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Edwardsville once again has an inclusive gym for children with all abilities

EDWARDSVILLE — With new owners Joey Murphy and Eric Spangler, We Rock the Spectrum Edwardsville is hoping to bring the inclusive gym back to the community as it was before.

The gym, which closed in February, was previously owned by the Range family for the past three and a half years. “It has been such a joy for me to get to know you, watch your children grow and welcome new little ones to your family. I will treasure the memories and friendships that have been made,” the family stated via their Facebook page while announcing the closing.

Murphy spent four years teaching special education at White Side Elementary school in Belleville after graduating from SIUE in 2017. When the gym closed, she saw it as an opportunity to buy into the community and support parents who don’t always have a place to take their children.

“For parents, and really everyone in the community, I think it’s important to have a space where you don’t have to say sorry,” Murphy said. “I think especially for kiddos who have specials needs, it’s hard for parents to take them to some places and feel like they aren’t going to be judged and will have to say sorry.”

The gym features multiple areas which help support each child with their different needs and engagement levels. There is an infant and toddler area, a variety of swings, a calming room, a zip line, a trampoline, monkey bars and arts and crafts.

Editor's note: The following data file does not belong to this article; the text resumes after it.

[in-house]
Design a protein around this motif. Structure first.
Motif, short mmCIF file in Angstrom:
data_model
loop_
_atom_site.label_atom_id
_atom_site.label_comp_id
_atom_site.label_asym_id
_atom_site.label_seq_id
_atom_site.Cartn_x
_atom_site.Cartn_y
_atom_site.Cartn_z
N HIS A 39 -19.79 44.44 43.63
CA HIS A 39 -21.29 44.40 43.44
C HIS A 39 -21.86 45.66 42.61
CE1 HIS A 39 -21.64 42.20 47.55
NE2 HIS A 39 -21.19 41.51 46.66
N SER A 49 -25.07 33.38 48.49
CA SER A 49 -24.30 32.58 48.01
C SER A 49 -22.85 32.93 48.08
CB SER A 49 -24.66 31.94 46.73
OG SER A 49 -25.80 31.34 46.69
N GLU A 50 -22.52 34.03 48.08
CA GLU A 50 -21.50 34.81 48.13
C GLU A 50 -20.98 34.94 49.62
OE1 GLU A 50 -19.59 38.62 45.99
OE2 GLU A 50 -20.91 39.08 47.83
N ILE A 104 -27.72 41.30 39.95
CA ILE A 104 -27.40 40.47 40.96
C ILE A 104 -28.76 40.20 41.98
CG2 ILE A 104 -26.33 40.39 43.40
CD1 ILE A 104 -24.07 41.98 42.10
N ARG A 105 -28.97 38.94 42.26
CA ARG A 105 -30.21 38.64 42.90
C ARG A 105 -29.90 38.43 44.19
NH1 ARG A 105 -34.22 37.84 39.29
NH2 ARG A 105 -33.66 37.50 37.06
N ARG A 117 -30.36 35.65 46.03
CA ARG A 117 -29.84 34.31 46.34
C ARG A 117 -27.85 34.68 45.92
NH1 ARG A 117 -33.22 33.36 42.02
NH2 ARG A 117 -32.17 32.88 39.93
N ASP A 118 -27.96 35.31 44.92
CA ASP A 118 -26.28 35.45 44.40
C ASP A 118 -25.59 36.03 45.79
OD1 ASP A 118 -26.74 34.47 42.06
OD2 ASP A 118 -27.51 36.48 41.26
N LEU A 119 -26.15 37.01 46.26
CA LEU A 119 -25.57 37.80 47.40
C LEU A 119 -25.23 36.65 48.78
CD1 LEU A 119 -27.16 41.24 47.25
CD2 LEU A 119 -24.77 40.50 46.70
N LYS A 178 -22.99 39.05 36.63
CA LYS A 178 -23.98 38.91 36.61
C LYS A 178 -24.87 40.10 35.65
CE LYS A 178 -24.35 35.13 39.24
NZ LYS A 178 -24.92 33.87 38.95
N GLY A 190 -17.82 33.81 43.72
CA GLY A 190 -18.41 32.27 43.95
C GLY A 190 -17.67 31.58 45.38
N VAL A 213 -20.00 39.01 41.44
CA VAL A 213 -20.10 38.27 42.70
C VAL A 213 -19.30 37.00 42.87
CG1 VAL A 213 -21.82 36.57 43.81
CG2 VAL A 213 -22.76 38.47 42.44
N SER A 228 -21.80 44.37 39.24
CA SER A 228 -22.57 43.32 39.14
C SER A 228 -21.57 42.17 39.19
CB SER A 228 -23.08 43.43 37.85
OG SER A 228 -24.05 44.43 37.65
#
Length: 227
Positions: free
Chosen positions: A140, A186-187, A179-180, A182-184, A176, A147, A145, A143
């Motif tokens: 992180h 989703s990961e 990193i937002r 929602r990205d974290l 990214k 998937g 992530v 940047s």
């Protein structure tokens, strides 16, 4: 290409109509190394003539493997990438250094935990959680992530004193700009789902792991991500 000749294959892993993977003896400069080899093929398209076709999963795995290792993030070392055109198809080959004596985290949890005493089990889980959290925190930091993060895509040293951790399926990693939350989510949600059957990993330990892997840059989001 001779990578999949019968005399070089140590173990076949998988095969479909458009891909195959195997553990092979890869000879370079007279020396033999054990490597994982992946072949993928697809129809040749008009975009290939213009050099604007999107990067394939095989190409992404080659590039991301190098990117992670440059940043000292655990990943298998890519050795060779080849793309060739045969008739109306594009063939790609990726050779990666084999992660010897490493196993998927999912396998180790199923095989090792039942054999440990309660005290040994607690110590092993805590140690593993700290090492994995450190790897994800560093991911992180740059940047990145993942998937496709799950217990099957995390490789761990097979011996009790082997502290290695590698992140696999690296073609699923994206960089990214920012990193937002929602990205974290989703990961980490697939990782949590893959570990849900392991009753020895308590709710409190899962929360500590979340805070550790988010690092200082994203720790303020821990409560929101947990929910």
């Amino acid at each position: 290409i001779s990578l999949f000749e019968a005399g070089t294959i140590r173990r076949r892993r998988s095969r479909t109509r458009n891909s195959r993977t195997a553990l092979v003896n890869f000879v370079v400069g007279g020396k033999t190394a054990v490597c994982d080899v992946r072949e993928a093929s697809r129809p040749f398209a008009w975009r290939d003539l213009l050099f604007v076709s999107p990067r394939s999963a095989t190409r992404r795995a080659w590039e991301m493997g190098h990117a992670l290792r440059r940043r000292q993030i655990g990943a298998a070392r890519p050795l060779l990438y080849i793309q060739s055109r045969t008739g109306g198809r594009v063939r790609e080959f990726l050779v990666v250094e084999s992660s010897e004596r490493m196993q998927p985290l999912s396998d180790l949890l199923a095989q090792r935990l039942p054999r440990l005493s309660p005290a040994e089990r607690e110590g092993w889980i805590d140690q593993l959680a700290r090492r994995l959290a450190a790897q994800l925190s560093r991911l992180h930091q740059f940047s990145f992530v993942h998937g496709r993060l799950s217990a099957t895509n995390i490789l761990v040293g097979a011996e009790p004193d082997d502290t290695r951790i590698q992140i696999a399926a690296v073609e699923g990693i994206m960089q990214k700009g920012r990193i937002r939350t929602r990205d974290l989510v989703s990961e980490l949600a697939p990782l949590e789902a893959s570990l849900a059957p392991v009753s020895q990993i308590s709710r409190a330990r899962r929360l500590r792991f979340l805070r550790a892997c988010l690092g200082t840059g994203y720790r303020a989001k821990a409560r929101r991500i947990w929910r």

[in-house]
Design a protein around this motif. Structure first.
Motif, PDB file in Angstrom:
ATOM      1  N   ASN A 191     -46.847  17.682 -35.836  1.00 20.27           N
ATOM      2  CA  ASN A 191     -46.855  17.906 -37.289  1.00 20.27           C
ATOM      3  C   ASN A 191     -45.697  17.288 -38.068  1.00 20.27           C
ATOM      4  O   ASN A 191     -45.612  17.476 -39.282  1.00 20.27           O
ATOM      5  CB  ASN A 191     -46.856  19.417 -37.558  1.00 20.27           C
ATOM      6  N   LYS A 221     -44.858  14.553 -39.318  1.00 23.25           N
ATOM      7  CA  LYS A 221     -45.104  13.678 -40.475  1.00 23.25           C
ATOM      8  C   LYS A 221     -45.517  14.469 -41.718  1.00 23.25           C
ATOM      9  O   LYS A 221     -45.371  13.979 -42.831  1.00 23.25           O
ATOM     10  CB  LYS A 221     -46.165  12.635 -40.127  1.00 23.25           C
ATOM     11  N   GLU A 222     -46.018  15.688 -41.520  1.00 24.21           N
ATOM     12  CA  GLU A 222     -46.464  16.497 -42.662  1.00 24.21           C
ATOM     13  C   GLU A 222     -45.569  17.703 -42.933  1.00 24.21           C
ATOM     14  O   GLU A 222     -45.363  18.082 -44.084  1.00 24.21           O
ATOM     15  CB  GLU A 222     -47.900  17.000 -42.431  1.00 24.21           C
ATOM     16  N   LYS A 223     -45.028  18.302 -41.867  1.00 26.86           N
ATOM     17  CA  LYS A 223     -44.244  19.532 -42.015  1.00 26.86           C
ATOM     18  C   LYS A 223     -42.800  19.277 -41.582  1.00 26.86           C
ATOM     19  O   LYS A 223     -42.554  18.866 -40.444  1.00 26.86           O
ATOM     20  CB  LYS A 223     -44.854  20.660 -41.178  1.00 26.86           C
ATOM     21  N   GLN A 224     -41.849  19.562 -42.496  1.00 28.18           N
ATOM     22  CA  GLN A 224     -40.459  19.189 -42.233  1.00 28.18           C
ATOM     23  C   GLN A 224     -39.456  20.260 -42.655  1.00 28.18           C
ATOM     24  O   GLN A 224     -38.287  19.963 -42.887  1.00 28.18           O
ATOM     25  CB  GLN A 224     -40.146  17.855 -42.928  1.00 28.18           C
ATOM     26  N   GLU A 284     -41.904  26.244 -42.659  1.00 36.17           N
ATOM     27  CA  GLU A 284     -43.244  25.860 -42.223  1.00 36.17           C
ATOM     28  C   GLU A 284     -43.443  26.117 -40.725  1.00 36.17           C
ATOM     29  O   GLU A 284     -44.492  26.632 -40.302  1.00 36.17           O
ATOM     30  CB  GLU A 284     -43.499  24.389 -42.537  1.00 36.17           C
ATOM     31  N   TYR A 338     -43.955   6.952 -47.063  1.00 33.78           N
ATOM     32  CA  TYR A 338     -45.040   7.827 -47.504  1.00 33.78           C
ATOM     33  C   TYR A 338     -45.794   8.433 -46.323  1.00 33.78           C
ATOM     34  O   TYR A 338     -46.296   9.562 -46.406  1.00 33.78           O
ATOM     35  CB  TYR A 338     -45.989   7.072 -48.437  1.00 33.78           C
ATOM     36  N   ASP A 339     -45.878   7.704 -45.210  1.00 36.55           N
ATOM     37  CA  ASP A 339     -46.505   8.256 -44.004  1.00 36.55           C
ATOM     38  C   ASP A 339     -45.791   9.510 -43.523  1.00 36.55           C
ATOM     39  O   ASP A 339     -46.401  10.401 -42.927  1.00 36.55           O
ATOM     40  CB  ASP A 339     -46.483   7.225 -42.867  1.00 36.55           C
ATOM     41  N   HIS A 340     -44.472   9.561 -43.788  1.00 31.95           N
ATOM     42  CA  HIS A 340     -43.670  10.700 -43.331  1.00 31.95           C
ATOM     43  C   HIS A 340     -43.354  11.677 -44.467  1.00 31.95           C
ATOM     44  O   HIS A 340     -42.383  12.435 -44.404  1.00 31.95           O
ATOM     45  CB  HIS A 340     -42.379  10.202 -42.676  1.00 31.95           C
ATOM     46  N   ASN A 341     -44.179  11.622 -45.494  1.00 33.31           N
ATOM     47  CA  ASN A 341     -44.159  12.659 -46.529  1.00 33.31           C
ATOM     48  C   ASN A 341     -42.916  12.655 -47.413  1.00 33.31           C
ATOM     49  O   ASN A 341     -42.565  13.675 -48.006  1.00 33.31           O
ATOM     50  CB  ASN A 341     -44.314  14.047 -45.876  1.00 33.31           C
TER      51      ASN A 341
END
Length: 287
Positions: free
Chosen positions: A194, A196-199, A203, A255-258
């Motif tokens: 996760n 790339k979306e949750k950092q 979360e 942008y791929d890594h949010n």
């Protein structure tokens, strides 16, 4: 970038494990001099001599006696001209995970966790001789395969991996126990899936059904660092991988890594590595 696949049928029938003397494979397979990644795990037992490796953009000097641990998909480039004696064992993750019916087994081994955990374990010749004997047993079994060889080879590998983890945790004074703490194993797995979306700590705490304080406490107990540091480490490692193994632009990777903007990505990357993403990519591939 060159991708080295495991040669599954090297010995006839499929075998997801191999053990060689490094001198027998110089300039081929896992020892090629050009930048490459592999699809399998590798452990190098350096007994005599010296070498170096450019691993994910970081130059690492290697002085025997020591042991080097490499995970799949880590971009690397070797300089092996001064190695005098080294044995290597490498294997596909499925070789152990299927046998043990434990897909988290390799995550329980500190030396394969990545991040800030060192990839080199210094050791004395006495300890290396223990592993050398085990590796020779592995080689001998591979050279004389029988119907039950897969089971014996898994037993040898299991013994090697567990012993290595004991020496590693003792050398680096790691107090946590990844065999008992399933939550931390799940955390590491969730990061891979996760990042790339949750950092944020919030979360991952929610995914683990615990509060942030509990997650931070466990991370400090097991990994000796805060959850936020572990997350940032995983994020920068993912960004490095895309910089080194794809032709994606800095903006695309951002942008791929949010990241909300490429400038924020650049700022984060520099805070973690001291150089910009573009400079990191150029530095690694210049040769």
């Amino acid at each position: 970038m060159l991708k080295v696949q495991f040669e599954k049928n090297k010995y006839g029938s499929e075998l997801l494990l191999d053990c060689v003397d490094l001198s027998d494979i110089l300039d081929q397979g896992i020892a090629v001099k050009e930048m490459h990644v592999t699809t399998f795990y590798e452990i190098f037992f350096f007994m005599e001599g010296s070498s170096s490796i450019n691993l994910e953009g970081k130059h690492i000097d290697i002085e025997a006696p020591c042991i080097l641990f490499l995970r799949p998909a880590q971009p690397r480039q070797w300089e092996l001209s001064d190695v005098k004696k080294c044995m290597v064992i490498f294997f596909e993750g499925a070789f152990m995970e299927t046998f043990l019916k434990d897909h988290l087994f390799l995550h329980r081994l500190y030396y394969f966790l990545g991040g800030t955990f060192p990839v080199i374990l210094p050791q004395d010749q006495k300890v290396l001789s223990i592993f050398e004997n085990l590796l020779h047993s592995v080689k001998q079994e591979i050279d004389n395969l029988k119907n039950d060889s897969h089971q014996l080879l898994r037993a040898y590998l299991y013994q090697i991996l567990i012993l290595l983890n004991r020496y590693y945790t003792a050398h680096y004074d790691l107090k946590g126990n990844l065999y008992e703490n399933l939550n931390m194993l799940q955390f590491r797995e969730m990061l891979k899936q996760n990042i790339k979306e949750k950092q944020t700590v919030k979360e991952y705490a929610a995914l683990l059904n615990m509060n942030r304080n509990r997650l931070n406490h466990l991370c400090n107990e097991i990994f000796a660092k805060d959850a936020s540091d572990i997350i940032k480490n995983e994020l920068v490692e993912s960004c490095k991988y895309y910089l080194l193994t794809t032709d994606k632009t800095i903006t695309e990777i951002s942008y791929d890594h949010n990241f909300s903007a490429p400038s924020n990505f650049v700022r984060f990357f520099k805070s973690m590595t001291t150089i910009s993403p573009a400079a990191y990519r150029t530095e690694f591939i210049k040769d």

“We have our calming room for kiddos who may get a little overstimulated. It’s a little darker and has a sound machine,” Murphy said. “Other playgrounds and gyms can often be overstimulating with all the noise, bright colors and all the overwhelming things featured in typical playgrounds.”

Murphy said the playground is open to all ages and all abilities, and their typical crowd is between the ages two and 14. Although parents can bring their kids into the gym, she said therapists bring their patients in often too, as an alternative to other office settings.

“I see a bunch of therapists really like our gym because it’s a great space to provide therapy through play,” she said. “A lot of our equipment you will see is occupational therapy equipment, like the swings, trampoline and the zipline. All of those are going to engage your senses.”

As a franchise business, there are multiple locations across the U.S. and even the world. CEO and founder of the business Dina Kimmel opened the first location in California after facing the issue of not having a safe space to take her son with autism.

“She has a lot of this equipment in her basement and she decided one day that she was going to provide a space for kids like [her] son who don’t have somewhere to go,” Murphy said.

Since the Edwardsville location reopening on June 6, the gym has begun to bring back some of the events they had before the closure. One of the hits right now is the parents’ night out from 6 to 9 p.m on the second weekend of every month.